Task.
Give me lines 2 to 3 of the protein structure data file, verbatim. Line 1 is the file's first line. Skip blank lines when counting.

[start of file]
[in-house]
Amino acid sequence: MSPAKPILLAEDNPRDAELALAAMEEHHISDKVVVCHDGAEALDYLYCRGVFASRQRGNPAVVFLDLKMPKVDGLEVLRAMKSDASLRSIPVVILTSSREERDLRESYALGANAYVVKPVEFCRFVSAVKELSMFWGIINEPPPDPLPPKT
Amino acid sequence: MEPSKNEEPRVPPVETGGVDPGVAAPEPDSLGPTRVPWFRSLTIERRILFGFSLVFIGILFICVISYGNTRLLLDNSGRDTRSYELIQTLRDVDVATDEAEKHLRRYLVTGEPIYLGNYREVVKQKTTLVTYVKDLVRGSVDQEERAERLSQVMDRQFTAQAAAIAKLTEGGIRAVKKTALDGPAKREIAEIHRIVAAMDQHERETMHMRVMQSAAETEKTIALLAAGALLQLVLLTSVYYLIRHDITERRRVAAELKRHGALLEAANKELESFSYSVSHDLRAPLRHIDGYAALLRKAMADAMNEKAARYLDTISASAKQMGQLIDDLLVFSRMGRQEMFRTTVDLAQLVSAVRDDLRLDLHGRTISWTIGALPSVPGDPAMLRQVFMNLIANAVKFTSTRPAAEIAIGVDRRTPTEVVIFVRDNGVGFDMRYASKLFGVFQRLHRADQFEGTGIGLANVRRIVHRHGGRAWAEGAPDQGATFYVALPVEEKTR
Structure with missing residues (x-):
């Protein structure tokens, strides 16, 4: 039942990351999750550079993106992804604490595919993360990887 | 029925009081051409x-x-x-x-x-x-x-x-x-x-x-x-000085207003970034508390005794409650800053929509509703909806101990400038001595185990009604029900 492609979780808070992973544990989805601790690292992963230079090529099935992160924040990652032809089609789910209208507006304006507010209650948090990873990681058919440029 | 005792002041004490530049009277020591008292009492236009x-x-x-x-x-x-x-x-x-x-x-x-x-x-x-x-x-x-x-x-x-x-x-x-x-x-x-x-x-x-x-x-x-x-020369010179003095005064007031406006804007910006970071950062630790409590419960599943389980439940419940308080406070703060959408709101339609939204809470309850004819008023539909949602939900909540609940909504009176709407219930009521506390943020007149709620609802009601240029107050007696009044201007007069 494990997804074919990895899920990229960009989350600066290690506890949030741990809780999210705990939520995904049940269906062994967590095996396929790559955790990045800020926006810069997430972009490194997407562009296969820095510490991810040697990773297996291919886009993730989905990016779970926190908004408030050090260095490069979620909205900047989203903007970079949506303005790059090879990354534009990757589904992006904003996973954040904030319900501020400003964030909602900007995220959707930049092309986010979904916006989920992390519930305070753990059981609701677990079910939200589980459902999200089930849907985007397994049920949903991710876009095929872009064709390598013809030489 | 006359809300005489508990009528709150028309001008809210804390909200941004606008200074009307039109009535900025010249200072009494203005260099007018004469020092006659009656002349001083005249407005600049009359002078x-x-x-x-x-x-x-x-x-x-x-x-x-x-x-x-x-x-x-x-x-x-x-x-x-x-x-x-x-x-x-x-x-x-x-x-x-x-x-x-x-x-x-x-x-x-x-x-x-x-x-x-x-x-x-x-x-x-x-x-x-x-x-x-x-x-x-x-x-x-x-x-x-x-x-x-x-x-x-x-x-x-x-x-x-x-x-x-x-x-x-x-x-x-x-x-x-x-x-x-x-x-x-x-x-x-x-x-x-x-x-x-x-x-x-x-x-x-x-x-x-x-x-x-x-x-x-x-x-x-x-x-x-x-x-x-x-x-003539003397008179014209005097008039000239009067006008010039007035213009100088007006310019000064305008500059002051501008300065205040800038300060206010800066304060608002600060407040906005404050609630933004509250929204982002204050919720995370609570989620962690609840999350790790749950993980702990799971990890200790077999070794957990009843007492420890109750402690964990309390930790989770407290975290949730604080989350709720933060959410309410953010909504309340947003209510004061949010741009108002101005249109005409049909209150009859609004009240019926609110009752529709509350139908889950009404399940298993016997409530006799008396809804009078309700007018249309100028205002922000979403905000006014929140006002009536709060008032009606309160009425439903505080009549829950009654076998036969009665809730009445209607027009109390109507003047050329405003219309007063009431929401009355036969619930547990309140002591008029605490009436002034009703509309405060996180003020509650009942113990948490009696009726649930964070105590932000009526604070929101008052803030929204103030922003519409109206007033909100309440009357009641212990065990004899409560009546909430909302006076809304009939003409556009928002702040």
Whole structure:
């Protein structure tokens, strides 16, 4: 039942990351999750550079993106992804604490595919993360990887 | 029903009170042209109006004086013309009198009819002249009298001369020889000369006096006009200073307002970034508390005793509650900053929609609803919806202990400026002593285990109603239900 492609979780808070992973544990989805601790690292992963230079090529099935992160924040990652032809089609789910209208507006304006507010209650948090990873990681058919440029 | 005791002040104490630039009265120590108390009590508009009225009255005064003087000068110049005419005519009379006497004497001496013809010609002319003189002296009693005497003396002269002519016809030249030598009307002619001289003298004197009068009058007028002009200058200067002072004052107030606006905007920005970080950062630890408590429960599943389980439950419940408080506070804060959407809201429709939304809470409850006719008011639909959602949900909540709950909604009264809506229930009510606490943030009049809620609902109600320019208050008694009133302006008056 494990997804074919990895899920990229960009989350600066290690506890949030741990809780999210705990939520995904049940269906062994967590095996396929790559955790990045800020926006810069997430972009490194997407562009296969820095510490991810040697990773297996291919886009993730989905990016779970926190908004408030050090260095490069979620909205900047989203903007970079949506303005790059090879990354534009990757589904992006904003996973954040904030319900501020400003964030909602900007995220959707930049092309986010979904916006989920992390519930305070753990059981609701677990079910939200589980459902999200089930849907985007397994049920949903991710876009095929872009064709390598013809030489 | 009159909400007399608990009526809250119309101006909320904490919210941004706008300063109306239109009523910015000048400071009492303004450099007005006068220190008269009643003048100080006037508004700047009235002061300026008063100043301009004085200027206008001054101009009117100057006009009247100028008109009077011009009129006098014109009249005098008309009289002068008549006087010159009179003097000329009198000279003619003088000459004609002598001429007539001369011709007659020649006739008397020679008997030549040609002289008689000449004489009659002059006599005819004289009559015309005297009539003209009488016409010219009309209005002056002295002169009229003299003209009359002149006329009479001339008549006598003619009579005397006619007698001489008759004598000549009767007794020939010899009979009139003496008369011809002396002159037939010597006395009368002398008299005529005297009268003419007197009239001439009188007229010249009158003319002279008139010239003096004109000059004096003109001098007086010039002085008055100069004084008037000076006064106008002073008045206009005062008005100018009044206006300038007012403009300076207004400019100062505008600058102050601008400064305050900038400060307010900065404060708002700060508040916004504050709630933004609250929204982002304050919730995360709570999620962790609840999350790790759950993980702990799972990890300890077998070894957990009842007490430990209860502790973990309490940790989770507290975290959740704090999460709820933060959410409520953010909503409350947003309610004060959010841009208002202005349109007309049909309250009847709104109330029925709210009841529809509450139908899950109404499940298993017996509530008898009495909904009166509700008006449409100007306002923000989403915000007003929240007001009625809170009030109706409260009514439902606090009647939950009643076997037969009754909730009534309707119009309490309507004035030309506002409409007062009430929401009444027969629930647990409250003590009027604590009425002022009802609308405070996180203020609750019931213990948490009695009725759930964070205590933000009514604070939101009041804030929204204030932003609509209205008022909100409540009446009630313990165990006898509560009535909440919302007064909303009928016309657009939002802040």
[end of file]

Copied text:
Amino acid sequence: MSPAKPILLAEDNPRDAELALAAMEEHHISDKVVVCHDGAEALDYLYCRGVFASRQRGNPAVVFLDLKMPKVDGLEVLRAMKSDASLRSIPVVILTSSREERDLRESYALGANAYVVKPVEFCRFVSAVKELSMFWGIINEPPPDPLPPKT
Amino acid sequence: MEPSKNEEPRVPPVETGGVDPGVAAPEPDSLGPTRVPWFRSLTIERRILFGFSLVFIGILFICVISYGNTRLLLDNSGRDTRSYELIQTLRDVDVATDEAEKHLRRYLVTGEPIYLGNYREVVKQKTTLVTYVKDLVRGSVDQEERAERLSQVMDRQFTAQAAAIAKLTEGGIRAVKKTALDGPAKREIAEIHRIVAAMDQHERETMHMRVMQSAAETEKTIALLAAGALLQLVLLTSVYYLIRHDITERRRVAAELKRHGALLEAANKELESFSYSVSHDLRAPLRHIDGYAALLRKAMADAMNEKAARYLDTISASAKQMGQLIDDLLVFSRMGRQEMFRTTVDLAQLVSAVRDDLRLDLHGRTISWTIGALPSVPGDPAMLRQVFMNLIANAVKFTSTRPAAEIAIGVDRRTPTEVVIFVRDNGVGFDMRYASKLFGVFQRLHRADQFEGTGIGLANVRRIVHRHGGRAWAEGAPDQGATFYVALPVEEKTR